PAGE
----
Autorefraction using the Topcon 8800K was then performed, with 3 measurements taken on the right eye and 3 on the left eye. The mean value of 3 valid measurements was calculated. Follow-up examinations (during 2011-2013) were the same as at baseline in 2010 and conducted by the same examiners when possible and using the same equipment. The baseline and follow-up examinations were performed during the same time of year (October to November).

Information on risk factors for myopia, including family myopic status and the child’s daily activities, was collected using questionnaires (eMethods 1 and eMethods 2 in Supplement 1), with annual responses rates ranging from 92.4% in 2009 to 99.2% in 2011.

Outcomes

Quiz Ref IDThe primary outcome of the study was the 3-year cumulative incidence rate of myopia in the intervention and control groups. Myopia was defined as a spherical equivalent refractive error (sphere +½ cylinder) of at least −0.50 D. This definition was chosen based on the Refractive Error Study in Children.13 Incident myopia was defined as myopia detected in children who did not have myopia at baseline.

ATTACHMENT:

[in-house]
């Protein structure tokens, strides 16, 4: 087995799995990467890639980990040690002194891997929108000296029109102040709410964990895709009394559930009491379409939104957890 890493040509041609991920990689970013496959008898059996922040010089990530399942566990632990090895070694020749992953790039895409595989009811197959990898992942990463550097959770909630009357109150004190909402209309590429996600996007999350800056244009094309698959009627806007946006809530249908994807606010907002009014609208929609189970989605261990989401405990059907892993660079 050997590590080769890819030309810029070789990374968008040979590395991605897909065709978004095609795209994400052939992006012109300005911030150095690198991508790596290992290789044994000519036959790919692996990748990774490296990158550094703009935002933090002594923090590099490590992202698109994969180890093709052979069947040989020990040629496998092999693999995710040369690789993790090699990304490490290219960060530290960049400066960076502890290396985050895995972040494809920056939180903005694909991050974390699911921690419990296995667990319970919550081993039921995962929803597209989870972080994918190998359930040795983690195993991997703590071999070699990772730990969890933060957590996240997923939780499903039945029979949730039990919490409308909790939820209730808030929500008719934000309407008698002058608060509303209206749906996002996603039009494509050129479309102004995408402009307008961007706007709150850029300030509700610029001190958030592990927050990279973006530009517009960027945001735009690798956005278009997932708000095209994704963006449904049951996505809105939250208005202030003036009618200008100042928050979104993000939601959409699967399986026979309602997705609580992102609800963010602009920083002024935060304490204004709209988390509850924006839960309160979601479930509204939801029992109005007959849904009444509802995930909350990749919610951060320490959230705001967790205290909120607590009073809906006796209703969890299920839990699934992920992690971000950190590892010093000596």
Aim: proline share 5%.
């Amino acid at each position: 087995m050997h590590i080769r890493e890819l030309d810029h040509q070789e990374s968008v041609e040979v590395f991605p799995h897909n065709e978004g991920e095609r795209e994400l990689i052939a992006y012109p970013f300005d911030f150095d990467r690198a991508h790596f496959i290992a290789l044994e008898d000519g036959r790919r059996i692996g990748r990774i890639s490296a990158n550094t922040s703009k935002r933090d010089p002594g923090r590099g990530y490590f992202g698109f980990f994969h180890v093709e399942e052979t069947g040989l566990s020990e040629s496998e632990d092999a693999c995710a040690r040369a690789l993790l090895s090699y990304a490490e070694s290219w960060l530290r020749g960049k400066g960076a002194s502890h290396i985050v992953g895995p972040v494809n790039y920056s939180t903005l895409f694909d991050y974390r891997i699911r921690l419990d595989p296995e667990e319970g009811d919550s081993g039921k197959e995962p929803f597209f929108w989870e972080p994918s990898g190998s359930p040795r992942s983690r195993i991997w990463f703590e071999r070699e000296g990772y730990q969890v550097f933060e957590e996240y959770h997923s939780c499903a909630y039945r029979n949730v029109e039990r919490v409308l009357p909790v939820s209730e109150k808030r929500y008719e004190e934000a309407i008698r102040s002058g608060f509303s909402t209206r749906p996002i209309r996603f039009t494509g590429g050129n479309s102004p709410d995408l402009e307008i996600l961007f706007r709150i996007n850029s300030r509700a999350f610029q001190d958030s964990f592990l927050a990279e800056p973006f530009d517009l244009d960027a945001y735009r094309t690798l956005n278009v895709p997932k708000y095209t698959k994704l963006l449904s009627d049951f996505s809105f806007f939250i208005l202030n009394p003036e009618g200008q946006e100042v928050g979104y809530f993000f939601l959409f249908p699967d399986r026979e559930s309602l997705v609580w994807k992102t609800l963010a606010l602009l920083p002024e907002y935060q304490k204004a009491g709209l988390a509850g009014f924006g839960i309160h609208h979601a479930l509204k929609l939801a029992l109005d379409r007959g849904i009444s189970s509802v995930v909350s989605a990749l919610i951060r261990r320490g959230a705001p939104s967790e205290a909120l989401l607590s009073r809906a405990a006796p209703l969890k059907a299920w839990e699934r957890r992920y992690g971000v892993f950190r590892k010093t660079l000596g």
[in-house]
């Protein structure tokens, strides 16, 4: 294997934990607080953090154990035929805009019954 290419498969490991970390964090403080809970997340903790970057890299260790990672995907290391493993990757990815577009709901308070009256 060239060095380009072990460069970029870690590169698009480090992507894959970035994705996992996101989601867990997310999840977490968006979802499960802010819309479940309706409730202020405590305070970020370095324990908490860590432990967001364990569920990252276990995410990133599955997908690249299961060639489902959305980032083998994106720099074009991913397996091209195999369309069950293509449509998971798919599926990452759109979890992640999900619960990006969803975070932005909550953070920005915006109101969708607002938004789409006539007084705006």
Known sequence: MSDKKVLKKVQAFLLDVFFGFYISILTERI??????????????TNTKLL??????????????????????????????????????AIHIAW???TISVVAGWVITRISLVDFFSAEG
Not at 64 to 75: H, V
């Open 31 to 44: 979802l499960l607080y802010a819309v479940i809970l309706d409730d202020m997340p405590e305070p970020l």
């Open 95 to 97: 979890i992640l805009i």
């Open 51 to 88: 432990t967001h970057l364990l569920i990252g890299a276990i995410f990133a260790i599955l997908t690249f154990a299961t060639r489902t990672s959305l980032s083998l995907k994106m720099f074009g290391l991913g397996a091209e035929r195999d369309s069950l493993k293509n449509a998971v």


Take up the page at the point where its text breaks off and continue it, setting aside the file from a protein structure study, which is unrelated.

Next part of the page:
Secondary outcomes were the changes in mean spherical equivalent and axial length over 3 years. Data for the right eyes were primarily used for analysis because refraction and biometry in the right and left eyes were highly correlated; however, sometimes data were available only for the left eye and were used for analysis. Only the children with successful cycloplegic refraction were included in the analysis for the 3-year incidence rate of myopia. In the rare cases in which the participant was classified as having myopia based on cycloplegic refraction data at both the first- and second-year visit, but was without cycloplegic refraction data at the third-year visit, the participant was classified as having incident myopia. The analysis on the changes of axial length and corneal curvature did not require successful cycloplegic refraction.